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Pressure reduction valve between economiser and a steam drum in HRSG

Pressure reduction valve between economiser and a steam drum in HRSG

Pressure reduction valve between economiser and a steam drum in HRSG

Hello. My question is about control / reducing valve between economiser and a drum in HRSG, which is used in every HRSG to avoid steaming of water entering the drum. I need an information if this valve:
- is "open" at nominal conditions (design performance), so there is no pressure reduction, and water enters the drum at the temperature a little bit lower than the saturation temperature for the pressure in the drum as a result of proper dimensioning the economiser, or
- there is a pressure reduction even at nominal conditions

Thanks for reply.

RE: Pressure reduction valve between economiser and a steam drum in HRSG

Hello Pederator,

'...used in every HRSG...'

I'll be the first to admit I'm still learning, but is this in fact so? It would seem that it depends on how far off-design-case the operating conditions in a given plant design and configuration are expected to get; would such a valve ALWAYS be needed? And if it IS required, is the feedwater admission valve ever used to serve this purpose?

If I'm wrong, someone please tell me, but it would make sense to me [at least in larger plants] to place the feedwater flow control valve between the economizer outlet and the inlet to the steam drum. In plants where the boiler feed pump prime movers can operate at variable speed using, for example, steam turbines, the ST throttle could be used to regulate HRSG drum level in the upper flow ranges with the feedwater control valve wide open so as to pose minimal flow restriction, whereas at lower flows when the turbine-driven BFP has reached its minimum speed the flow control valve would be used to regulate drum level.

The up side of this would be that as the low-flow approach point is reduced, the valve would admirably serve the duty of precluding economizer steaming by maintaining the pressure near the tail end [relative to water flow] of the economizer; the down side would/could be that there might be enuogh flashing of the feedwater to steam as it passes through the valve to cause problems such as vibration or possibly disturbing the smooth flow of water into the downcomers and/or reducing the density difference upon which natural boiler circulation depends.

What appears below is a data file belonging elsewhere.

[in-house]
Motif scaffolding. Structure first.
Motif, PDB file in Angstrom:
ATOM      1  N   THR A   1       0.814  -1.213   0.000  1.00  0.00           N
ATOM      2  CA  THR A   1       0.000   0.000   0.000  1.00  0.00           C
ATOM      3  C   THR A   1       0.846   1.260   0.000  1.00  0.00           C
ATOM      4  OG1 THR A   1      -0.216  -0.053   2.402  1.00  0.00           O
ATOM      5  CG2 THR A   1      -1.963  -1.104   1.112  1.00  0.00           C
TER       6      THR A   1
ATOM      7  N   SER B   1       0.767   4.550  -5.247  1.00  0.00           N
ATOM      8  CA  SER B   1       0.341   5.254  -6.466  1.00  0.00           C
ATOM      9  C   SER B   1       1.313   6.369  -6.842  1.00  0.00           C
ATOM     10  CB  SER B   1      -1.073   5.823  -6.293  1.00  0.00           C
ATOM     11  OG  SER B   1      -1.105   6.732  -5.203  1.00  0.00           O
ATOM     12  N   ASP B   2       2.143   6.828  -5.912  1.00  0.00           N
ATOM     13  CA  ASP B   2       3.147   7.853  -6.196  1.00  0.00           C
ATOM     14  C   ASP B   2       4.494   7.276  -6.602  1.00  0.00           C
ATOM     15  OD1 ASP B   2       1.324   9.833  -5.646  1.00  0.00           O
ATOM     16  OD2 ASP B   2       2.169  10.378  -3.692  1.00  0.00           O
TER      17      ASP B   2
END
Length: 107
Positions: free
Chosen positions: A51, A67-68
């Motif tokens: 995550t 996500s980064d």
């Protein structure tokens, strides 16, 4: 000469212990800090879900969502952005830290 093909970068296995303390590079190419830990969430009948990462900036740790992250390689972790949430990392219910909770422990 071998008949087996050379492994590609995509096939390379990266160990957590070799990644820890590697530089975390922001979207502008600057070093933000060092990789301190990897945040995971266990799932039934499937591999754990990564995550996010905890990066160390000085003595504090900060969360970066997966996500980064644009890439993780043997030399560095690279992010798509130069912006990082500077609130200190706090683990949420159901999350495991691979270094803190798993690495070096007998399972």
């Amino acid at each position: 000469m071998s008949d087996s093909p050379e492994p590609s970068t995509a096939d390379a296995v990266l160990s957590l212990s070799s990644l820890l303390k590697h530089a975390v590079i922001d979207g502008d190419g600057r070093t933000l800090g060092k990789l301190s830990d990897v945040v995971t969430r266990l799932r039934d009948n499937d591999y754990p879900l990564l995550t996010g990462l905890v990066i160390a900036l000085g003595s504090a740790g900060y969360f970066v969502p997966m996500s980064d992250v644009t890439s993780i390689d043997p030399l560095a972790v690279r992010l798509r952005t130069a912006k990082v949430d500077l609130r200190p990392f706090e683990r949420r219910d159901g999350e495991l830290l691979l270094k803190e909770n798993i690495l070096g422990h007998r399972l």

Just my CDN $0.02 worth...


RE: Pressure reduction valve between economiser and a steam drum in HRSG

On most HRSG's, the LP drum is configured with the LP feedwater control valve at the economizer outlet , as described. maybe 50% of IP boiler economizers have this configuration, and maybe 5% of HP economizers. This configuration requires an increase in the design pressure of the economizer tubes and adding releif valves on the economizer inlet header, but it has the advantage of preventing steaming ( and thus prevent 2 phase FAC) in the economizers and also allows use of hotter economizer outlet fluid for use as superheater spray or bypass system spray.

If you use a constant speed boiler feedpump, then the feedwater control valve will throttle from time to time, and thus the pressure in the econmizer can reach pump "dead head" pressure during periods of zero fedwater flow ( as occurs with hi-hi drum water level events).

"Nobody expects the Spanish Inquisition! "

RE: Pressure reduction valve between economiser and a steam drum in HRSG

Thanks for explanation, very valuable comments.

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